Relief pitcher Hunter Harvey has become a critical part of the Orioles bullpen.
Relief pitcher Hunter Harvey has become a critical part of the Orioles bullpen. (Ed Zurga/Getty)

When Orioles manager Brandon Hyde called upon Ryan Eades for the final two outs of the 12th inning Saturday night, Eades hadn’t pitched in a week before giving up a walk-off grand slam in an 8-4 loss to the Detroit Tigers. But perhaps the bigger issue was that another rookie right-hander pitched the day before.

The Orioles have yet to use Hunter Harvey on back-to-back days since promoting him to the majors last month, and it’s unlikely they were going to break that trend Saturday with Friday’s appearance being his first in 11 days after a minor bout with bicep soreness. A perfect eighth inning Friday gave him 11 strikeouts in 6 1/3 innings with only one run allowed in the majors, and since a mid-June move to the bullpen with Double-A Bowie, Harvey has a 2.53 ERA with 44 strikeouts in 32 innings as a reliever for the Baysox, Triple-A Norfolk and the Orioles.

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But only once has he pitched on consecutive days, coming in his final two Triple-A outings before his promotion.

Given Harvey’s injury history — his 82 innings between the minors and majors are his most since his first full professional season in 2014 — the Orioles are being understandably cautious with their 2013 first-round pick, especially given that an expanded roster leaves 14 other pitches in their bullpen. And although the 24-year-old understands it, too, that doesn’t mean Harvey still doesn’t get an itch on the days the Orioles don’t intend to use him.

“Oh, it stinks,” Harvey said before Saturday’s game. “I want to be out there every day, but obviously, I just can’t, especially with all the guys that we’ve got. Everybody’s got to get in and pitch and get their work in.

“It’s tough.”

Not only on Harvey, but also on Hyde.

He likely would’ve used Harvey before Saturday’s 12th inning had he been available, but that could’ve meant any of the group of right-handers Hyde actually used that included Miguel Castro, Shawn Armstrong and Branden Kline might’ve still been sitting in Comerica Park’s visitors bullpen when he needed a righty with the bases loaded and one out.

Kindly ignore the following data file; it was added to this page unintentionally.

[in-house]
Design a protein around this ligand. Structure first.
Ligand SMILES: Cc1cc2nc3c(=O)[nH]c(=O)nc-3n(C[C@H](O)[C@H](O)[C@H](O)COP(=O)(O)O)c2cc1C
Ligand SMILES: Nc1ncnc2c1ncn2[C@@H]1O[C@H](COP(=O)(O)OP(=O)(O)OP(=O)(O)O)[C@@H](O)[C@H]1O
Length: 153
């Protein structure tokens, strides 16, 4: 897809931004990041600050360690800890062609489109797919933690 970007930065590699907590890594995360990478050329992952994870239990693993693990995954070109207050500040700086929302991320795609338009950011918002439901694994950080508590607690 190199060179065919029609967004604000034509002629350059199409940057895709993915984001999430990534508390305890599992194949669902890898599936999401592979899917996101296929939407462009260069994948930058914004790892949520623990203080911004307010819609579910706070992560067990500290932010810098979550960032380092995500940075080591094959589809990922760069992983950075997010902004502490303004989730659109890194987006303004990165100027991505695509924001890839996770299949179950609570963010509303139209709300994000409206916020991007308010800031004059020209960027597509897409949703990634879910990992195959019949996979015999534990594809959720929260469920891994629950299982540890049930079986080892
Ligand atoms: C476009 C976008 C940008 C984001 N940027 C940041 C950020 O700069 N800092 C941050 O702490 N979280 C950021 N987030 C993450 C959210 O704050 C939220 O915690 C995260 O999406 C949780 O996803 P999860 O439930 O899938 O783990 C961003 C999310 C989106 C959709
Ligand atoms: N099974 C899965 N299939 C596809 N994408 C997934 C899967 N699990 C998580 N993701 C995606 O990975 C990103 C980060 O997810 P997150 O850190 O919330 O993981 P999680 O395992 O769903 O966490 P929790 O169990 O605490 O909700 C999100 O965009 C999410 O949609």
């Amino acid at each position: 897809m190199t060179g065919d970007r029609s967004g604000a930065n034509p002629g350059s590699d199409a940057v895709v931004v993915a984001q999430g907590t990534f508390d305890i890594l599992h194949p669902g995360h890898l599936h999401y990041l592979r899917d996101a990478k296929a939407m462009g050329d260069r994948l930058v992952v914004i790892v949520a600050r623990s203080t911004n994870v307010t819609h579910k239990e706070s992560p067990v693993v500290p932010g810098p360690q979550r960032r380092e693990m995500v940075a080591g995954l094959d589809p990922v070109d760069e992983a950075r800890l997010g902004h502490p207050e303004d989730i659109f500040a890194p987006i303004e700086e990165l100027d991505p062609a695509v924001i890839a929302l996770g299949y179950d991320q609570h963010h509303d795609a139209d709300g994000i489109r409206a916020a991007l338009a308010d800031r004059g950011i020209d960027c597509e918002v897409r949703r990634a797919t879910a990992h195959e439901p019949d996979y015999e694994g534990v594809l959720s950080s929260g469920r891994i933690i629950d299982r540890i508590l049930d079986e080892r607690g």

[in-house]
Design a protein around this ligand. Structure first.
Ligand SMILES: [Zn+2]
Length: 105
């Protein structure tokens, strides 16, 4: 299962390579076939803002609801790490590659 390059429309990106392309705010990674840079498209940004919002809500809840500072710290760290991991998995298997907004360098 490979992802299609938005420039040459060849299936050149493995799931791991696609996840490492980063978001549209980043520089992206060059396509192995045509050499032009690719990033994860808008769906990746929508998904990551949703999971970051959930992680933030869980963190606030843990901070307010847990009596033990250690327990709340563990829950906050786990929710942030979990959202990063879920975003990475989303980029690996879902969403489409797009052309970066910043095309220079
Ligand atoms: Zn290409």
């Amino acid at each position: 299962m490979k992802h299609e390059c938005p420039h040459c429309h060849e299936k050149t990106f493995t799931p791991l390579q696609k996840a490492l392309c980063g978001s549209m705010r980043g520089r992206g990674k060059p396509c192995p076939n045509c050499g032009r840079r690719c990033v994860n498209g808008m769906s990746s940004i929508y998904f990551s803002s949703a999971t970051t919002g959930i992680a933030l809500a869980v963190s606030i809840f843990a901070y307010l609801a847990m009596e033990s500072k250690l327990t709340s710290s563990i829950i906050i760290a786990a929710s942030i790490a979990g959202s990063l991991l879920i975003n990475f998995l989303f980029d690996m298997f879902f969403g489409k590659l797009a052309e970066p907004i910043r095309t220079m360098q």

Hyde has been on the verge of giddy after many of Harvey’s outings, gushing over the high velocity, the poise and occasionally the hair. That enthusiasm came through again before Saturday’s game, when asked how managing a bullpen changes on the days Harvey is available.

“I love it,” Hyde said. “I love when Harvey’s up.

“Anytime he’s available, that’s a positive.”

Another starter coming?

The Orioles have used 16 starters this season, and Hyde hinted Sunday at the possibility of the 17th.

This year’s team is tied with the 1955 Orioles for the second-most starters in franchise history and trails only the 1956 club, which used 19 pitchers to open a game. Nine of the starters Baltimore has used this year are either not on the active roster or no longer in the organization.

Hyde said Sunday that the starter for Tuesday’s series opener with the Toronto Blue Jays “might be somebody from our bullpen.” Although that could be Ty Blach or David Hess, who both have started for the Orioles this year with limited effectiveness, it’s also possible the Orioles want to get an extended look at Chandler Shepherd.

Shepherd, a former Boston Red Sox farmhand who the Orioles claimed from the Chicago Cubs in May, has been effective in two relief outings for Baltimore, allowing three runs in seven innings. He was the International League Player of the Month in August, pitching five quality starts for Triple-A Norfolk with a 1.62 ERA in 33 1/3 innings. August also featured his major league debut of one run in four innings against the New York Yankees.

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